In eight years Bantam published over forty novels and made the names of the new characters, vehicles, organisations and places its authors had created as well known as those in the films: Grand Admiral Thrawn, Mara Jade, Corran Horn, Xixor, Coruscant, Black Sun, The Maw, Bastion, Sluis Van, Noghri, Ysanne Isard to name but a few. These names would continue long after their authors had created them as they became part of the ever-increasing Expanded Universe (stories, characters and events beyond the films).
Bantam's stories were primarily set during The New Republic era, the period following Return of the Jedi, as Lucasfilm were preparing for the release of the prequel films and didn't want to disturb the, as then, unknown timeline of pre-A New Hope events. There were a few exceptions to this: A. C. Crispin's Han Solo trilogy (1997/98) told Han Solo's life story up to the events of A New Hope (and allowed space for Brian Daley's original Han Solo Adventures to fit in); Steve Perry's Shadows of the Empire (1996) allowed us to glimpse at Leia, Luke and Chewbacca's attempts to rescue Han after the events of The Empire Strikes Back; and Kathy Tyer's The Truce at Bakura (1993) dealt with the immediate aftermath of the destruction of the second Death Star from Return of the Jedi.
One of the major criticisms of the Bantam books was their inconsistency for timeline coherence, one author could publish a story set 9-10 years after A New Hope, while the next book to be published could be set only 6-7 years after A New Hope. Thus characters and situations established in the first book could not have happened in the second book and the author of the first book could not include events created in the second book. For many fans this jumping around the timeline was infuriating at the least, confusing at the most. This would change in 1999 with The New Jedi Order.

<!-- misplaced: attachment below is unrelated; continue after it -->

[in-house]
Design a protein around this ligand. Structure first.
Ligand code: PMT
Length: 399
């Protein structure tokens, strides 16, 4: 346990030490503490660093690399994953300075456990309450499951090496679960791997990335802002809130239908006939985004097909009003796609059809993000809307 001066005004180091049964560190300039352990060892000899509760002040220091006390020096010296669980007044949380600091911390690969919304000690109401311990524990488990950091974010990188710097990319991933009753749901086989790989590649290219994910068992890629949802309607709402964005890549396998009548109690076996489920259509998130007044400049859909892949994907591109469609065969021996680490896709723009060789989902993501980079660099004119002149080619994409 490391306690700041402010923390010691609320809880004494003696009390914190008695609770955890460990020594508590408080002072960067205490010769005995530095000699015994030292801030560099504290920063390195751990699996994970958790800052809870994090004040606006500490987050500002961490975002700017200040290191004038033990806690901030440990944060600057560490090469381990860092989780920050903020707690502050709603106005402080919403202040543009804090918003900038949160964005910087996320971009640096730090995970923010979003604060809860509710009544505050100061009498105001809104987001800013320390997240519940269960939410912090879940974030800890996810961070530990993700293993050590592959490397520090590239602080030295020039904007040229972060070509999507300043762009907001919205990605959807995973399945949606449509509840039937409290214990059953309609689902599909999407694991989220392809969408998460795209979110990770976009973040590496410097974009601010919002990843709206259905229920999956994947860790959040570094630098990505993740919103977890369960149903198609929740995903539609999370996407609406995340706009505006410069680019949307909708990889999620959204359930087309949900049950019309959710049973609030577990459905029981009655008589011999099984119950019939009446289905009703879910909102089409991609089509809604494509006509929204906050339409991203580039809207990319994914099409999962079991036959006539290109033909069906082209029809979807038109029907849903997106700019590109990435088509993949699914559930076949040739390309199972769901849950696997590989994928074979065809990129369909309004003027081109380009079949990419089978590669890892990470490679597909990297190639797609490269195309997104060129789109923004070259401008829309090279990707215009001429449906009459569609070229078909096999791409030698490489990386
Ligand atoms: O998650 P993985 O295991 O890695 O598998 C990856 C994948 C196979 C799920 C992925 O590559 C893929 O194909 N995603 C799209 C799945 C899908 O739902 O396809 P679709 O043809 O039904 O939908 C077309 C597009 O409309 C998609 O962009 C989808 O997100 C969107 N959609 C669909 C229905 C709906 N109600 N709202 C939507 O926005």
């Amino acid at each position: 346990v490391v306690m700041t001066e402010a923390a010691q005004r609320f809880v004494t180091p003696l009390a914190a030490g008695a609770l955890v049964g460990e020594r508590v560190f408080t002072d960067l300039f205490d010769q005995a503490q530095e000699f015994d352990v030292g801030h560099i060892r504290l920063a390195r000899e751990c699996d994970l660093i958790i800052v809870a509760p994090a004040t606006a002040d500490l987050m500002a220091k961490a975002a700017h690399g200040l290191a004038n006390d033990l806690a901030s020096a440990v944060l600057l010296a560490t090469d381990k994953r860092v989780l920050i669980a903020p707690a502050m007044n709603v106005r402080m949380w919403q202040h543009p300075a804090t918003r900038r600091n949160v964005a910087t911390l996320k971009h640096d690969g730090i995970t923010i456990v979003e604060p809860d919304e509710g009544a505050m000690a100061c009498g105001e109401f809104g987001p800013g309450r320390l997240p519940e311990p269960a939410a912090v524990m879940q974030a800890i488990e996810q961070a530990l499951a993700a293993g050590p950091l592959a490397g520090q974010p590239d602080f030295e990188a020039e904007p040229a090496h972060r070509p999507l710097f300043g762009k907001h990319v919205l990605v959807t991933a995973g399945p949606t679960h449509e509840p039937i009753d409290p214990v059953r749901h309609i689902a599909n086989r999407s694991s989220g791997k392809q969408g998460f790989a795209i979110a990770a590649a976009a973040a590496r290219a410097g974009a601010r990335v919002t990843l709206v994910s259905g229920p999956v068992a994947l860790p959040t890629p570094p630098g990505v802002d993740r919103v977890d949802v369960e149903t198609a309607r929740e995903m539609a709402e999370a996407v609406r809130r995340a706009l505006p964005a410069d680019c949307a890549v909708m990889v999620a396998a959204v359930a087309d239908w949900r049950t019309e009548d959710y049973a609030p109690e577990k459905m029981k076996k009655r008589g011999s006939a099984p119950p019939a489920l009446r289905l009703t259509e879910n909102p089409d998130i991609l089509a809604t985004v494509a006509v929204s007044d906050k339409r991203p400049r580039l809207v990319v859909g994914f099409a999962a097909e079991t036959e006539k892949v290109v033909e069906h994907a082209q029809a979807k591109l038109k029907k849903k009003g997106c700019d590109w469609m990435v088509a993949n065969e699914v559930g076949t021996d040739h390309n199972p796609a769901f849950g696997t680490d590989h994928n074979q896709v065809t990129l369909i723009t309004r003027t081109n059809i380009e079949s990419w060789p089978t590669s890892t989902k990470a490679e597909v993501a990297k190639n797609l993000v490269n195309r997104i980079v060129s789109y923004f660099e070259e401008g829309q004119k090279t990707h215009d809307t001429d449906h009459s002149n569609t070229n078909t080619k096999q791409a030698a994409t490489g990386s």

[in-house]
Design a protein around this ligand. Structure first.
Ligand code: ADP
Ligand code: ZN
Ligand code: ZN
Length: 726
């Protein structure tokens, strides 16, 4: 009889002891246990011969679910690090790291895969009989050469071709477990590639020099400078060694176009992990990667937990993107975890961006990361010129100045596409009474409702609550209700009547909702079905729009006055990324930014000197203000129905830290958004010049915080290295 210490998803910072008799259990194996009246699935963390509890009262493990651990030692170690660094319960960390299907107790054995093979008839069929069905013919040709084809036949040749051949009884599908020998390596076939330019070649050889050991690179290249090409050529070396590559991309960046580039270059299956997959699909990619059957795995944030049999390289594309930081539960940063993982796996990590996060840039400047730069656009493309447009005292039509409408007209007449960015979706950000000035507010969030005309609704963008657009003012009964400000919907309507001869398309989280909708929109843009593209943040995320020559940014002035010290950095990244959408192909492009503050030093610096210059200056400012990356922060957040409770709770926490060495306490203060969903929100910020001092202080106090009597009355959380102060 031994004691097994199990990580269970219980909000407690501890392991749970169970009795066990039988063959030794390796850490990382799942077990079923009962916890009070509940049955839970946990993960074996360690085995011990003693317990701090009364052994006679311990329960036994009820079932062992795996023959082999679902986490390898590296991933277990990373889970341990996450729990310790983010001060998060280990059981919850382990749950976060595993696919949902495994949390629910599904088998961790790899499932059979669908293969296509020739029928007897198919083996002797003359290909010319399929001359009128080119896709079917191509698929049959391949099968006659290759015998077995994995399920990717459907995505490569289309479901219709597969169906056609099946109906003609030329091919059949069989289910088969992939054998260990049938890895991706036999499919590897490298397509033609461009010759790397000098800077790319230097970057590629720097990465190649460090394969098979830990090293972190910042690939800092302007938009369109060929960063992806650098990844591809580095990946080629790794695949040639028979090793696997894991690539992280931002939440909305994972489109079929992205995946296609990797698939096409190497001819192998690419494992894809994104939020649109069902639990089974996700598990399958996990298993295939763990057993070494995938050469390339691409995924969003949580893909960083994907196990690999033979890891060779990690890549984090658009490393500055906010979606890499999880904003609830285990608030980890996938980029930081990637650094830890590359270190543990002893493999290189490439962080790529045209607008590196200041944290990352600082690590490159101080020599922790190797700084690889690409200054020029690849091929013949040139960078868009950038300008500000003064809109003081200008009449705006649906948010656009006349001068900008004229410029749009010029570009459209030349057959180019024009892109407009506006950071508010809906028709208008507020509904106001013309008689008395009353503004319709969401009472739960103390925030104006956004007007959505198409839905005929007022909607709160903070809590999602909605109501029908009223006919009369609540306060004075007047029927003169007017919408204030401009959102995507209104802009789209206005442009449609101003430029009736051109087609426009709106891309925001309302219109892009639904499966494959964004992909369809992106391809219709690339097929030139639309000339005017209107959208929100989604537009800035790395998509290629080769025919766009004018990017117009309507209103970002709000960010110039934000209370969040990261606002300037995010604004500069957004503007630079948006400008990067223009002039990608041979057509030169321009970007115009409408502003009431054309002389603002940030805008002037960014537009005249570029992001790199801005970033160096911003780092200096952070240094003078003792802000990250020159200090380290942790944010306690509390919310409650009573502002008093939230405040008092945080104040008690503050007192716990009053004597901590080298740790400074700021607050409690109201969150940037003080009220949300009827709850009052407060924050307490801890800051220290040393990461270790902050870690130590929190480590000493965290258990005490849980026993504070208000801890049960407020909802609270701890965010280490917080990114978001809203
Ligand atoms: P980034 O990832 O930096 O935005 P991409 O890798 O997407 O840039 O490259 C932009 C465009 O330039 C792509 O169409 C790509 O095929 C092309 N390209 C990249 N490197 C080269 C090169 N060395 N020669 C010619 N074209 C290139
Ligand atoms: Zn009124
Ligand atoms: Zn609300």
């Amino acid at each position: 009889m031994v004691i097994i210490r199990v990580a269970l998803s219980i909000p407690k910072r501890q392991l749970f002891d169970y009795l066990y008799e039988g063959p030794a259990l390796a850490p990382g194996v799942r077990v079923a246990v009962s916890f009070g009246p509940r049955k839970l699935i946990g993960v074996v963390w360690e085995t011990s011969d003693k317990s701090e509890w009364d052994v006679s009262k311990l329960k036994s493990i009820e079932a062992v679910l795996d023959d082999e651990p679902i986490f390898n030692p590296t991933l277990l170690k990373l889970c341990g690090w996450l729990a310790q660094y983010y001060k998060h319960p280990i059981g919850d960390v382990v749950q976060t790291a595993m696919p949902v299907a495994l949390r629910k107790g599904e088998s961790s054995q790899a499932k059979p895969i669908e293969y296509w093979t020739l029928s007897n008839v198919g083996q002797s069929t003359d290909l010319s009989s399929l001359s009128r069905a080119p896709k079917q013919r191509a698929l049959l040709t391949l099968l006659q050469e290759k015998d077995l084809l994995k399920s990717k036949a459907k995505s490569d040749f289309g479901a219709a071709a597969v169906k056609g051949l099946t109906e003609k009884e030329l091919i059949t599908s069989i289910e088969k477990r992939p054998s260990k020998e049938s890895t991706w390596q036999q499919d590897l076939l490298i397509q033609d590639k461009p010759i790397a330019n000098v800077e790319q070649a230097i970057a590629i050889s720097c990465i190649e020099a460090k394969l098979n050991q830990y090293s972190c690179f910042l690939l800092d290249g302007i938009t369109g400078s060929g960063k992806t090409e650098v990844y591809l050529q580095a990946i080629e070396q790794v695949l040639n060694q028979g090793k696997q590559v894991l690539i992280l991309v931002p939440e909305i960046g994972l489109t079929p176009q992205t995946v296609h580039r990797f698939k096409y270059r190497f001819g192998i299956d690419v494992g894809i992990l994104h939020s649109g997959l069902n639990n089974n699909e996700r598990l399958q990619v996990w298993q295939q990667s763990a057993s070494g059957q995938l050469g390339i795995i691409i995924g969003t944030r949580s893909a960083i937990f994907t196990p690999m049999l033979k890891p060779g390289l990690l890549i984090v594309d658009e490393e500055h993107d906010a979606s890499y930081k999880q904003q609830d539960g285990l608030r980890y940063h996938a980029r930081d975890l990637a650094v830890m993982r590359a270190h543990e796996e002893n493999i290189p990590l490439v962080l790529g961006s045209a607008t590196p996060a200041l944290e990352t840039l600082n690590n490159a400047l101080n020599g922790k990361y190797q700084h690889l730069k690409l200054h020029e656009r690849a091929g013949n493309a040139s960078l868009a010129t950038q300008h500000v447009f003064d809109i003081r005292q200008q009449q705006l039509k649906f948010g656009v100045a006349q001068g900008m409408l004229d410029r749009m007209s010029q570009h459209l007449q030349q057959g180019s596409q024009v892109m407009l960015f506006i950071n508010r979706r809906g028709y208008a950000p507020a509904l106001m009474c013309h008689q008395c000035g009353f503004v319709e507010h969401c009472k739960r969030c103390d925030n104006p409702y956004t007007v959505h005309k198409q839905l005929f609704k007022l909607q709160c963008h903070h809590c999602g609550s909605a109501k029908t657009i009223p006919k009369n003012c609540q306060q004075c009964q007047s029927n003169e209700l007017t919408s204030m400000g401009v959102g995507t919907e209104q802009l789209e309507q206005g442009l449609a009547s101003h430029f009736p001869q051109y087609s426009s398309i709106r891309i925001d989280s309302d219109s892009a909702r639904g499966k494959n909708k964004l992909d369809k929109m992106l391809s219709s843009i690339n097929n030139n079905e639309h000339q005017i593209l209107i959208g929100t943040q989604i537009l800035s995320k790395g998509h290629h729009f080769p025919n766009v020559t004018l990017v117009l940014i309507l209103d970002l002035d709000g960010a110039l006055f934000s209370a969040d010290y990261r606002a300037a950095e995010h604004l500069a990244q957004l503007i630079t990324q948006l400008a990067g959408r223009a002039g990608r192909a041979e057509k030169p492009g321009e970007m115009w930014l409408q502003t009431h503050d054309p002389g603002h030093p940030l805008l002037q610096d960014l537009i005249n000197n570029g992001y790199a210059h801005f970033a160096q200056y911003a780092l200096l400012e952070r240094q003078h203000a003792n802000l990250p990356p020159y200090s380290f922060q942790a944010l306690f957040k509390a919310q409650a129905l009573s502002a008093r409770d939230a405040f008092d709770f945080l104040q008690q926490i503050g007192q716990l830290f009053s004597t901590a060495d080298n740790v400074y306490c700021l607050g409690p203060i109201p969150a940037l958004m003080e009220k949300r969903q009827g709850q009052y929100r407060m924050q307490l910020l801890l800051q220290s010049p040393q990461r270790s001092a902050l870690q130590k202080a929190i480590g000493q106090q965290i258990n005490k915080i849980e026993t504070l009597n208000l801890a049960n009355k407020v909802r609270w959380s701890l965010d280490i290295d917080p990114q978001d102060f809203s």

18 original Bantam Star Wars stories:

Heir to
the Empire

Dark Force

The Last

The Paradise

The Hutt

Rebel Dawn

Shadows of
the Empire

The Truce
at Bakura
The Courtship of
Princess Leia

of the Force
Ambush at
Assault at
Showdown at

3] The vignette, short story and novella (1987-2007)
In 1987 West End Games published Star Wars: The Roleplaying Game, the first roleplaying game to be set in the Star Wars universe. During their eleven year publishing history West End Games published almost 100 sourcebooks - books which not only described the rules of game playing but also detailed much of the Expanded Universe's material: character profiles and back stories, vehicle design and construction, weapon power and usage, etc. Included in most sourcebooks were short background stories, or vignettes, of many new and old characters which not only gave some film characters their names for the first time, but also alluded to why they were there in the first place.
In 1994 West End Games began publication of Star Wars Adventure Journal which ran to fifteen issues featuring short stories by not only the well-known Star Wars authors of the time, Timothy Zahn, Kevin J. Anderson and Michael A. Stackpole but also by relatively unknown authors such as Charlene Newcomb and Laurie Burns. Most of these short stories have been either collated into one of the five Tales From... series or been published on StarWars.com for Hyperspace members.
February 2001 saw the publication of the first Star Wars e-book novella, Darth Maul: Saboteur by James Luceno. Originally only available as an electronic download, these e-books were novella's that were additional storylines to a previously published full novel. All e-book novellas were included in the paperback release of the main story's book[5].
Other official Star Wars magazines, Star Wars Insider, Star Wars Galaxy Magazine and Star Wars Gamer have also been sources of original Star Wars short stories.
Short stories, vignettes and e-book novellas account for around one third of published original Star Wars stories.

Tales From... collections:

Tales from
The Empire

Tales from the
Mos Eisley Cantina

Tales of the
Bounty Hunters

Tales from
Jabba's Palace

Tales from The
New Republic

e-book novellas published:

Darth Maul:



A Forest



A Practical

4] Return of the comic story (1991-2007)